Mr Rees’s book choice for World Book Day

On Thursday 4th March, 2010, World Book Day, we asked teachers to talk to their classes about their favourite books or books they are currently enjoying.   Mr Rees talked with his classes about four publications that meant a lot to him.  The first is the incredible story of Joe Simpson and his climbing partner Simon, which has also been made into a moving documentary about their terrifying ordeal:

‘ “Touching the Void” is the heart-stopping account of Joe Simpson’s terrifying adventure in the Peruvian Andes. He and his climbing partner, Simon, reached the summit of the remote Siula Grande in June 1995. A few days later, Simon staggered into Base Camp, exhausted and frost-bitten, with news that Joe was dead. What happened to Joe, and how the pair dealt with the psychological traumas that resulted when Simon was forced into the appalling decision to cut the rope, makes not only an epic of survival but a compelling testament of friendship.’

Students were very interested in this book – what do you do when your only hope of survival could result in the death of a very close friend?  What a dilemma.

Mr Rees then talked of Old Berkhamstedian Sir Robin Knox-Johnston’s latest book, ‘Force of Nature’ which he thoroughly enjoyed (and has his own signed copy!):

‘In January 1969, aboard his home-built wooden boat Suhaili, Sir Robin Knox-Johnston became the first person ever to sail solo, non-stop around the world. Twenty-five years later, Sir Robin again completed a record-breaking circumnavigation, co-skippering Enza with Kiwi yachting legend Sir Peter Blake. His place in sailing’s pantheon of greats was assured. Then, after the tragic death of his wife Sue, Sir Robin decided he would try again. In October 2006, at the age of 67 – when most people are settling in to a well-earned retirement – Sir Robin embarked on another gruelling single-handed race around the world. Compared to his rivals he lacked recent experience and a large shore-based support team. There were some who believed that this time he might have bitten off more than he could chew. Then early on, it looked like their worst fears might be realised.Within days of setting off, near-Hurricane-strength storms in the Bay of Biscay capsized his 60′ yacht Saga Insurance. But it wasn’t just Sir Robin who suffered. Three-quarters of the entire fleet had to run for shelter. When they re-emerged, all faced months of hardship and intensity ahead. “Force of Nature” is Sir Robin’s first-hand account his extraordinary return to the ultra-competitive, punishing world of single-handed offshore racing. It turned out to be a very different journey from the one he undertook on Suhaili, yet his experience aboard her remains a touchstone throughout this story. It’s a story of courage, ingenuity and resilience played out against the World’s oceans. But most of all it’s a powerful reminder that age is nothing but a number; no barrier to realizing one’s dreams.’  Truly inspirational.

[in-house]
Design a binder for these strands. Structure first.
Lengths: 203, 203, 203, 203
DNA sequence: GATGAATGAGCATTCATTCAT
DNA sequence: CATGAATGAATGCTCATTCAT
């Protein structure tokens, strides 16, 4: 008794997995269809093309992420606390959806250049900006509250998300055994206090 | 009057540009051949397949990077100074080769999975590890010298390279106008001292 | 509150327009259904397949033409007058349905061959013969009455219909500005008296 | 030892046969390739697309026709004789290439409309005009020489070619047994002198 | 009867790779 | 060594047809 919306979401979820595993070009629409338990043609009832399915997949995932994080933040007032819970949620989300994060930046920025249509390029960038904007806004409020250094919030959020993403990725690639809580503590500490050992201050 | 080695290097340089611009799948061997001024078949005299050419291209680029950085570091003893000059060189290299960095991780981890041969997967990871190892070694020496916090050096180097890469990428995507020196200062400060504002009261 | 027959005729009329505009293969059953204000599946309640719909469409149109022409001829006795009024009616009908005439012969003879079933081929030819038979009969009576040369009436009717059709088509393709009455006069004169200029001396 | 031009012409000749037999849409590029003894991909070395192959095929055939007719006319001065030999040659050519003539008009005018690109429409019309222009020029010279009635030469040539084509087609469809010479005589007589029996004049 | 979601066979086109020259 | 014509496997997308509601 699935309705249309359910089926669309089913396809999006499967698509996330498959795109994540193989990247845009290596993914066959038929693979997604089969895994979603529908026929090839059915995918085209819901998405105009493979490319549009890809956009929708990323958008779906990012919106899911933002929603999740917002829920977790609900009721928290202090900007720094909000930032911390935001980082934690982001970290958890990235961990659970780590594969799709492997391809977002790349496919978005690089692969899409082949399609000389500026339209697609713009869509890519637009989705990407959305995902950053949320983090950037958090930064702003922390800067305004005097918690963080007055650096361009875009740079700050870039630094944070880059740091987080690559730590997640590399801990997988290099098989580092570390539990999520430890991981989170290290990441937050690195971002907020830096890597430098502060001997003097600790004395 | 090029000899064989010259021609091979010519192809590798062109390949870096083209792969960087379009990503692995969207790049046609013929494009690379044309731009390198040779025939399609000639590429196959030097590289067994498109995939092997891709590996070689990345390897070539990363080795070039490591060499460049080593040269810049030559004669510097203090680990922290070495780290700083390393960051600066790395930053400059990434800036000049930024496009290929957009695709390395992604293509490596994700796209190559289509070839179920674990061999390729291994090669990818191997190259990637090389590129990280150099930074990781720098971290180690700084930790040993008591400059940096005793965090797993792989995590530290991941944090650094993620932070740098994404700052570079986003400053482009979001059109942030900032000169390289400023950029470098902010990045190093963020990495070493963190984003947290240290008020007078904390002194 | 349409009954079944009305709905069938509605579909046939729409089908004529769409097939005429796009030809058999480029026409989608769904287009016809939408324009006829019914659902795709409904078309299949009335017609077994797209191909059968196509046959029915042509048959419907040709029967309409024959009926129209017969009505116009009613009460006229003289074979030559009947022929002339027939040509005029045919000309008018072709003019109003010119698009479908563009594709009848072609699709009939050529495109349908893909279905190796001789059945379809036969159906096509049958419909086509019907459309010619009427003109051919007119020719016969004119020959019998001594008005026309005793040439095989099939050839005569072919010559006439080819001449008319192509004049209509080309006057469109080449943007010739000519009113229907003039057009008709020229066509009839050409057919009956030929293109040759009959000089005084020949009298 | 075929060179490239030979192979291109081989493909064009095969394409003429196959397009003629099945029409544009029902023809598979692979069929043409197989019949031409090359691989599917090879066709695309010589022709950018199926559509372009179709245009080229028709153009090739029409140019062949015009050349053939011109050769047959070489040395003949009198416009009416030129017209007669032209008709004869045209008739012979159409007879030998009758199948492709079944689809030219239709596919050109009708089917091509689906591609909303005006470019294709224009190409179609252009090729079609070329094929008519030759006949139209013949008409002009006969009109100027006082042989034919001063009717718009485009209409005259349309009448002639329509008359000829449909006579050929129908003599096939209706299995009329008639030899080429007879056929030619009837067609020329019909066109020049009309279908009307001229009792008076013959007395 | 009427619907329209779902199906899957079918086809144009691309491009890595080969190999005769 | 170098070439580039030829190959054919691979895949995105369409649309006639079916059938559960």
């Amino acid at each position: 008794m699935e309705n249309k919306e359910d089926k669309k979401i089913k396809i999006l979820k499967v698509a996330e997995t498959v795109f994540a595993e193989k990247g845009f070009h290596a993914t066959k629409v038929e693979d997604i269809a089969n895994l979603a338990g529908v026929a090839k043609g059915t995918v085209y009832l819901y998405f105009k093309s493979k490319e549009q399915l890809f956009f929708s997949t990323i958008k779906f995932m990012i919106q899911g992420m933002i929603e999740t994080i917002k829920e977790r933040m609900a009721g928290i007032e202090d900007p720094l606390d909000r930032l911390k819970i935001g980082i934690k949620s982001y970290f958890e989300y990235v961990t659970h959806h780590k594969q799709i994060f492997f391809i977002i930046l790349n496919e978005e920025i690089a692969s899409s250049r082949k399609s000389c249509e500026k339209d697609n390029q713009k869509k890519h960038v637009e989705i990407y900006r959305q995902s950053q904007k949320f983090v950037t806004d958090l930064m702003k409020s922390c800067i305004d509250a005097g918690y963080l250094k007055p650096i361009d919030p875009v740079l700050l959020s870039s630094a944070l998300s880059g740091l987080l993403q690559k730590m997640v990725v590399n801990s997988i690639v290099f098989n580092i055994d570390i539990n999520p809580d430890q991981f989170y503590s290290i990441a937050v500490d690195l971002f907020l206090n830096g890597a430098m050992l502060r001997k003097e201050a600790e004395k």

Thirdly, he recommended Doris Kearns Goodwin’s latest biography of Abraham Lincoln:

‘In this monumental multiple biography, Pulitzer Prize-winning historian Doris Kearns Goodwin studies Abraham Lincoln’s mastery of men. She shows how he saved Civil War-torn America by appointing his fiercest rivals to key cabinet positions, making them help achieve his vision for peace. As well as a thrilling piece of narrative history, it’s an inspiring study of one of the greatest leaders the world has ever seen. This is a book to bury yourself in.’

Finally, he talked about a publication by the Royal Horticultural Society about creating a vegetable and fruit plot in your garden…  A little light relief, perhaps, from all the fascinating and heart-stopping reading…

All synopses have been taken from Nielsen BookData Online.

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Author: Berkhamsted School Library

Main aims for Berkhamsted School Library • to provide a central resource for the whole school curriculum • to encourage an ethos of enquiry and discovery • to assist pupils in becoming confident and independent learners • to develop research and information skills throughout the school • to offer resources which enrich cultural values and experiences for pupils, as well as have a role in their recreational life and promote reading for pleasure as a lifelong activity

1 thought on “Mr Rees’s book choice for World Book Day”

  1. Mr Harvey read ‘Touching the void’ during the Spring half-term break. He says:

    “I read ‘Touching the Void’ by Joe Simpson. I had already seen the excellent film of this mountaineering story and literally wept because it was so harrowing – and yet uplifting too! The book did not disappoint by comparison. Although there is some technical detail which only climbers could really appreciate, most of the content is easy to grasp and contains some brilliant description – not only of the landscape but of what the two mountaineers felt. Particularly impressive – and gripping – is when the ‘other climber’s’ point if view is introduced, since you then read alternating chapters of how each experienced the same catastrophic events. I was amazed to discover that Joe Simpson had also written the ‘Simon sections’ (i.e. the viewpoint of the other mountaineer); these are in the first person and are totally convincing, yet were based only on what Simon told Joe after their adventure. But what makes this book most compelling is that the second half is an account of incredible suffering (physical injury and mental anguish) but unbelievable determination, on Joe’s part, to survive. And he did!”

    With thanks to Mr Harvey, this is a book that all budding mountaineers should read…

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